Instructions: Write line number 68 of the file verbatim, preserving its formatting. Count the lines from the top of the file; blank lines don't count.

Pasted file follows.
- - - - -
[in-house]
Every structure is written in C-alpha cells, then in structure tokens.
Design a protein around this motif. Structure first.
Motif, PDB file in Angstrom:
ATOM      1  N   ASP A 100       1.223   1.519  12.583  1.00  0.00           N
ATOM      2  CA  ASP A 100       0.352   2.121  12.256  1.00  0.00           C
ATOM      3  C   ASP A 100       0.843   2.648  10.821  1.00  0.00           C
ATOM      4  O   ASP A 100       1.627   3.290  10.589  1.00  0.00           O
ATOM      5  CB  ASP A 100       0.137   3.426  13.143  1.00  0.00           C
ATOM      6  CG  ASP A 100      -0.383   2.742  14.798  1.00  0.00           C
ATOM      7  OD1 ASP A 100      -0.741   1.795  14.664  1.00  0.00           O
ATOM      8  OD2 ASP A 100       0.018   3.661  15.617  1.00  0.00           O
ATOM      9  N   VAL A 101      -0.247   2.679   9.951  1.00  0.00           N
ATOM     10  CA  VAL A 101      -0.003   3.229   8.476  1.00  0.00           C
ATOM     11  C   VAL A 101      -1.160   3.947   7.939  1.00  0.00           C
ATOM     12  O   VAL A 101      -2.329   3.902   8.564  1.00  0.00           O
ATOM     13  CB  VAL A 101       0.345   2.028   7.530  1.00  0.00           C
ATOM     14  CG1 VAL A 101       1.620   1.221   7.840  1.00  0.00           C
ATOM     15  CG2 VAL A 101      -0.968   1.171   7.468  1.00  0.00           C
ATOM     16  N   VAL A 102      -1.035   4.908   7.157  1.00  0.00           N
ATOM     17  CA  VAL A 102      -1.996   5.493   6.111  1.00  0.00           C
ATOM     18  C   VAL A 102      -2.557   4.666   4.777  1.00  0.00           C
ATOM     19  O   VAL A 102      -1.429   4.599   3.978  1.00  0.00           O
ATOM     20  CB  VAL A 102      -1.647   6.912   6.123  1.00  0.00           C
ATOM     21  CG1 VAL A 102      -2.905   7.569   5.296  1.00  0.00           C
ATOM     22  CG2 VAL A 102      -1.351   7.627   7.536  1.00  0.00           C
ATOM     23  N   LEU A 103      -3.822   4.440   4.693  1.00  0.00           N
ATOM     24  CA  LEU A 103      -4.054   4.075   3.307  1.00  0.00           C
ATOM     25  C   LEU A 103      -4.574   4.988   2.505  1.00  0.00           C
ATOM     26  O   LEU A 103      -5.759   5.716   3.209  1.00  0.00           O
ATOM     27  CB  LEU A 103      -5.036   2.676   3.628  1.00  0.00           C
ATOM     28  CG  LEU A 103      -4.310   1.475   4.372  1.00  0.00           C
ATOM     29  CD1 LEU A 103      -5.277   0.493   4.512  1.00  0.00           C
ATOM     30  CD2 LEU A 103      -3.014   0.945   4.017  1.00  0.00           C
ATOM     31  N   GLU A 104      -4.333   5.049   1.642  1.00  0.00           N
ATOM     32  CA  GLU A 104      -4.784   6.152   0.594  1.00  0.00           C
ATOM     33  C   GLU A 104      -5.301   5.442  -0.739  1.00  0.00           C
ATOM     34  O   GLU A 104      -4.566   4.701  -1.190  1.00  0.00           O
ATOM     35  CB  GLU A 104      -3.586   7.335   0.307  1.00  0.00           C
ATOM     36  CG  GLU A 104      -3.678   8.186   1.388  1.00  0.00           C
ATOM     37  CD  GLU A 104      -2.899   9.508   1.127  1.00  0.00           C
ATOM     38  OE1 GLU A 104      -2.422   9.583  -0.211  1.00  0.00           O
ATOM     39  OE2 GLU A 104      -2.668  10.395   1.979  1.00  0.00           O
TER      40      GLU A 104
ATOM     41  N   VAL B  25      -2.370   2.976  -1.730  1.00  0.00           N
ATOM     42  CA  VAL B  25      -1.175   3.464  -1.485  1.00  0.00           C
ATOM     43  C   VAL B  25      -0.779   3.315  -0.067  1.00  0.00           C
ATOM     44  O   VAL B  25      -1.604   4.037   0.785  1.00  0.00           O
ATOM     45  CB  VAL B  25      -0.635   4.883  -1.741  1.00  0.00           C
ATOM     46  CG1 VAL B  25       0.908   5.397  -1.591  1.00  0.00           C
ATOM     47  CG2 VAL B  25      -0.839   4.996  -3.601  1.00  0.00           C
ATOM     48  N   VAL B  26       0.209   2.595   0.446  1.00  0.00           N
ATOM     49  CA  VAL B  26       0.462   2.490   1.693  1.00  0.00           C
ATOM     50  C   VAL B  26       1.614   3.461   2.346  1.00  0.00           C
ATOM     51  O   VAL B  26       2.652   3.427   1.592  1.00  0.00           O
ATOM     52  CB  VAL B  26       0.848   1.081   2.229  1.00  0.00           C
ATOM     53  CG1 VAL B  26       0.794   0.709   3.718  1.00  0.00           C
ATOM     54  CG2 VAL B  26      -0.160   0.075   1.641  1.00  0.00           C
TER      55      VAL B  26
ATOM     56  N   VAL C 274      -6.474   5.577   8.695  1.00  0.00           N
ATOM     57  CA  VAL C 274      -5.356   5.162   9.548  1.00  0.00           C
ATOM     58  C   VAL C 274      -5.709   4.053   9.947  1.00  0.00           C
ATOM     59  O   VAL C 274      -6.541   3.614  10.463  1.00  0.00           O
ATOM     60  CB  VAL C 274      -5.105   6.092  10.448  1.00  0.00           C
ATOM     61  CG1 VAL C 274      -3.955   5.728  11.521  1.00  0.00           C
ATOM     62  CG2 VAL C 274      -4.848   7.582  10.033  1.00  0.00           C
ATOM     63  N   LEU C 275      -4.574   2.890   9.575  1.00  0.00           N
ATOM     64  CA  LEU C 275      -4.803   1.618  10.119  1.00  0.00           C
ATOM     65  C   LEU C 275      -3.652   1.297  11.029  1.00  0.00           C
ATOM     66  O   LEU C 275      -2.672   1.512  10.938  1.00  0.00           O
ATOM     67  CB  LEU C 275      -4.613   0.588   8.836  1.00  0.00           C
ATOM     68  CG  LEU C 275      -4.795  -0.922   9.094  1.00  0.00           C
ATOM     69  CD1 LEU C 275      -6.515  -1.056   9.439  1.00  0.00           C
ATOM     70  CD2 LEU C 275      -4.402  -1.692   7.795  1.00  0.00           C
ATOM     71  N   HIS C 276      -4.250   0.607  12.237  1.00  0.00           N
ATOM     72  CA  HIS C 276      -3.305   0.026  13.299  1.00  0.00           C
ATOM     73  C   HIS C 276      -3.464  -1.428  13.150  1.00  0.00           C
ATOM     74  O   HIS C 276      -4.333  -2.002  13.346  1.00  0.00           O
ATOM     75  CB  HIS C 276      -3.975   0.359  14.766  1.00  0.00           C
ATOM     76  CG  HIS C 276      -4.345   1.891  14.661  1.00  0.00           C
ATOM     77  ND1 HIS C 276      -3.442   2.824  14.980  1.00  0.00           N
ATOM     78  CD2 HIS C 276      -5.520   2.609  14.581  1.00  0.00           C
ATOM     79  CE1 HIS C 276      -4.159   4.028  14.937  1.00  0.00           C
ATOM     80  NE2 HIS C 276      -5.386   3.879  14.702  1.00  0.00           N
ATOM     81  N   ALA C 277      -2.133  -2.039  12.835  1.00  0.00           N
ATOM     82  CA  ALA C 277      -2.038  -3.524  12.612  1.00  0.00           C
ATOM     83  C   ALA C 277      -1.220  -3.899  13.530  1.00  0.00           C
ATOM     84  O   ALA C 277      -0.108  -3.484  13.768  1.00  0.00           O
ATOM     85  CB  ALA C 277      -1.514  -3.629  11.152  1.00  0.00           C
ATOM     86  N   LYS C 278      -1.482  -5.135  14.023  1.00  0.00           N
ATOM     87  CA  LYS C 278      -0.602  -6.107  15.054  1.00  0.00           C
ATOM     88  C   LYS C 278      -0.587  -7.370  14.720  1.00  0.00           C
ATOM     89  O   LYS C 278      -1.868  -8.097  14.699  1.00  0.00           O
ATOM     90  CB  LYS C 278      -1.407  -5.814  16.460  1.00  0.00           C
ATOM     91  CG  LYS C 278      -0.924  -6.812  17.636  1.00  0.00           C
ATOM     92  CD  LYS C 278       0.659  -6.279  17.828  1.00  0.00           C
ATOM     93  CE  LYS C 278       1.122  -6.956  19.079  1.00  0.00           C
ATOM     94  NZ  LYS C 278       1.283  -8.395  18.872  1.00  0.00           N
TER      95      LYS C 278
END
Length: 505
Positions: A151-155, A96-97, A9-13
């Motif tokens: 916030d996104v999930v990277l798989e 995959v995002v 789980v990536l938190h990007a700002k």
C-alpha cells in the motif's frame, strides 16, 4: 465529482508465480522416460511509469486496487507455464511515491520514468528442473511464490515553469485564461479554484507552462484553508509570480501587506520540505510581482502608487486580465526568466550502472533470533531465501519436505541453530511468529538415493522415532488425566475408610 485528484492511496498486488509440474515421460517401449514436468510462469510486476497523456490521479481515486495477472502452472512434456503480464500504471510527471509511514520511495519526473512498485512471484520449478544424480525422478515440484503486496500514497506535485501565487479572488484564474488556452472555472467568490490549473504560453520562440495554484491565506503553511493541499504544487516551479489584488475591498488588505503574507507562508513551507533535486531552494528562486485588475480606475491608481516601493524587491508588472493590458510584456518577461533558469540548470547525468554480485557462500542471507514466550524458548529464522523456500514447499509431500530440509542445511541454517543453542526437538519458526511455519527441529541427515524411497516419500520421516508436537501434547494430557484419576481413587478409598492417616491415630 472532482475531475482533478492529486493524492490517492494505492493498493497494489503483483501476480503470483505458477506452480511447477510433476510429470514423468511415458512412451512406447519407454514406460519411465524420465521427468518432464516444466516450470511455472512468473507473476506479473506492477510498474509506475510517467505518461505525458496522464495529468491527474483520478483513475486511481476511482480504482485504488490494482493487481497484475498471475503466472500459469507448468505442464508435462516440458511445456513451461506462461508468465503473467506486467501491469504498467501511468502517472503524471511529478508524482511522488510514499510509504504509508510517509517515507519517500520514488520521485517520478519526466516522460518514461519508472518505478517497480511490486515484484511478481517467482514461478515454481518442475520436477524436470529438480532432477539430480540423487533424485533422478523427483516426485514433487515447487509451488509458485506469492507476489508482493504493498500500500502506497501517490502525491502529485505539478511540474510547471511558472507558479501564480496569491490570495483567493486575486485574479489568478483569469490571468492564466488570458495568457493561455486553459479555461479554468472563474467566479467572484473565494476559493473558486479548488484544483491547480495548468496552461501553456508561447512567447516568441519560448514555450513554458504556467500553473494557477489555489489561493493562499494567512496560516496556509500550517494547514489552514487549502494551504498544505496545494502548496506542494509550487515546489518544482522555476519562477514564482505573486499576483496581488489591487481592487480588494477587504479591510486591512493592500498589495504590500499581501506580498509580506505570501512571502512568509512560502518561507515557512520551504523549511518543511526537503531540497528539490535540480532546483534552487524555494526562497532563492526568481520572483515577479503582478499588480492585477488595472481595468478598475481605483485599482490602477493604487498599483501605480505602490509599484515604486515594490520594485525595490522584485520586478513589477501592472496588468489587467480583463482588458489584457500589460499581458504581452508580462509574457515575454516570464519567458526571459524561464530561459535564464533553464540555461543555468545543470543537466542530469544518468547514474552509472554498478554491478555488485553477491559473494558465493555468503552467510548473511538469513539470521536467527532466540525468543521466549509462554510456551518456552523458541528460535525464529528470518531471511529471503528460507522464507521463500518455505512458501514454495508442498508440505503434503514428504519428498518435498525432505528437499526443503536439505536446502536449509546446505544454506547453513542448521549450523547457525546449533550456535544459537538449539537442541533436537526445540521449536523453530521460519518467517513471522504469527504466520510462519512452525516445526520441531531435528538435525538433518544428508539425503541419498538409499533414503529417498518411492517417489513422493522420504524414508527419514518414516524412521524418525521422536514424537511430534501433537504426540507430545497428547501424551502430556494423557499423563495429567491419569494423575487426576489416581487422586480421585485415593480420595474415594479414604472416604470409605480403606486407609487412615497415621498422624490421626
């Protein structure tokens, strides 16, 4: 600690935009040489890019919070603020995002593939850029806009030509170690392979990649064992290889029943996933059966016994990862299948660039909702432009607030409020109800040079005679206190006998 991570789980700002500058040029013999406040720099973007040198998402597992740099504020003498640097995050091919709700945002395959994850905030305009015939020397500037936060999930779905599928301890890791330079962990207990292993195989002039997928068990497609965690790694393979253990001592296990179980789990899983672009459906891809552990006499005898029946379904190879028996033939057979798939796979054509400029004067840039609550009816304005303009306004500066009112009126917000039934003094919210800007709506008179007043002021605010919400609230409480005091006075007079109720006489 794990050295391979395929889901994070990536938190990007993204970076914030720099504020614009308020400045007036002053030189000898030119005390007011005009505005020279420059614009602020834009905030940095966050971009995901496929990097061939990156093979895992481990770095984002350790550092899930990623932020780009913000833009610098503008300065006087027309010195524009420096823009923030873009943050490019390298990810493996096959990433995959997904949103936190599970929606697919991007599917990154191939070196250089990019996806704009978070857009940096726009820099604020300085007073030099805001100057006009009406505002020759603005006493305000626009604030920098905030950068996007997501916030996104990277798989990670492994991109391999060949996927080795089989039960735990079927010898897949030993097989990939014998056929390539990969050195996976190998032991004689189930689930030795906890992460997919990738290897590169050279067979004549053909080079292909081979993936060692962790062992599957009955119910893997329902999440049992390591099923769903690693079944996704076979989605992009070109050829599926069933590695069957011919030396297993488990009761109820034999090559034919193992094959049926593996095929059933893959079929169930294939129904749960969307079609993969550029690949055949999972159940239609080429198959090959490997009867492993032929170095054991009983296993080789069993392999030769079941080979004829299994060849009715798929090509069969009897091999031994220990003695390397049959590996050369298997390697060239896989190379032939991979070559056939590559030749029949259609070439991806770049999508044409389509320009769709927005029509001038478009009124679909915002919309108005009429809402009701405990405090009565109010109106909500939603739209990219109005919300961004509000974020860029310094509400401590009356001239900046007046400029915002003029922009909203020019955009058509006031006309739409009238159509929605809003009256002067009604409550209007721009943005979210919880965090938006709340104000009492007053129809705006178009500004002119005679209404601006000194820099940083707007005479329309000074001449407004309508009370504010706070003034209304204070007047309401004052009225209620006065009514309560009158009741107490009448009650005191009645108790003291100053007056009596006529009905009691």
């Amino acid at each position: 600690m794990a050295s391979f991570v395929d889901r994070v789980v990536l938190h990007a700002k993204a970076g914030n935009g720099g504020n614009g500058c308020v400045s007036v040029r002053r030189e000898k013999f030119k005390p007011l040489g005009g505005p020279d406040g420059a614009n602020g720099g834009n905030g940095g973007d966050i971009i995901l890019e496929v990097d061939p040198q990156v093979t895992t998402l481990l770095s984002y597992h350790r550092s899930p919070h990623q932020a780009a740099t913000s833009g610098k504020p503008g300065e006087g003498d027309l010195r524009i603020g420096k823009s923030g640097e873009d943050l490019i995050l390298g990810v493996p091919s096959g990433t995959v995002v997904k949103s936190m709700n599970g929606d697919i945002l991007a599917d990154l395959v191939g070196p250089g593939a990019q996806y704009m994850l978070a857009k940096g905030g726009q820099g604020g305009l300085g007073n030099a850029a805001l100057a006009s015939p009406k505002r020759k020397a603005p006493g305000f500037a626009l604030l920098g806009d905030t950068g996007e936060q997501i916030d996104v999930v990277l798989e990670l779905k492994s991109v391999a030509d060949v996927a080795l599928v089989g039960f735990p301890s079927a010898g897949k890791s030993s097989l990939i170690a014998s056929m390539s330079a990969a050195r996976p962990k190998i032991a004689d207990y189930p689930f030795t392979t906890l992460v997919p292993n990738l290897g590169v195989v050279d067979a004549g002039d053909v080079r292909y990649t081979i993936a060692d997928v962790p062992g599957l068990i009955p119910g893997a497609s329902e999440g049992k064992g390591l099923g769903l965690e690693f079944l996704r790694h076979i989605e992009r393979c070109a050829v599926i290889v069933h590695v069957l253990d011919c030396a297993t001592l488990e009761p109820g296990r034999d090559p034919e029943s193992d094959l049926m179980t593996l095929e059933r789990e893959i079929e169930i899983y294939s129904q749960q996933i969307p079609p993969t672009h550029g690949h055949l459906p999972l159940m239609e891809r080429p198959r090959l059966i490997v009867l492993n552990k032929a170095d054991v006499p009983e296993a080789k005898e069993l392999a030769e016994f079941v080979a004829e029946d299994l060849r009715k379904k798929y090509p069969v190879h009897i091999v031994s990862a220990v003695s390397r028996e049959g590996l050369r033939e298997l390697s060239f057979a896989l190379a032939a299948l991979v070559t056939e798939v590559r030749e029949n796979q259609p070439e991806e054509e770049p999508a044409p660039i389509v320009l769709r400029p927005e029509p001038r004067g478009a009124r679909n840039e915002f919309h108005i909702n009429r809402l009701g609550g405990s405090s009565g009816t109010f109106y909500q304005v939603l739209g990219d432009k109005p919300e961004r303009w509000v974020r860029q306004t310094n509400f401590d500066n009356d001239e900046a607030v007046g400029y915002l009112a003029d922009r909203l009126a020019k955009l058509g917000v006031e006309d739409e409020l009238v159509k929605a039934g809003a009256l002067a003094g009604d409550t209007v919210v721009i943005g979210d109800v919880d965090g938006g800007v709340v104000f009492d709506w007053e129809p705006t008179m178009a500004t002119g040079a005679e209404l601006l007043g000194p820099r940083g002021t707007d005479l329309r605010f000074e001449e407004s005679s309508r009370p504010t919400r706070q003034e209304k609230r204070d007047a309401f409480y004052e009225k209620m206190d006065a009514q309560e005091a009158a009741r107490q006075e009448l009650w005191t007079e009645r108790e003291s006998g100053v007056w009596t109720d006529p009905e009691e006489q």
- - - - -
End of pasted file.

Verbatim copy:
ATOM     64  CA  LEU C 275      -4.803   1.618  10.119  1.00  0.00           C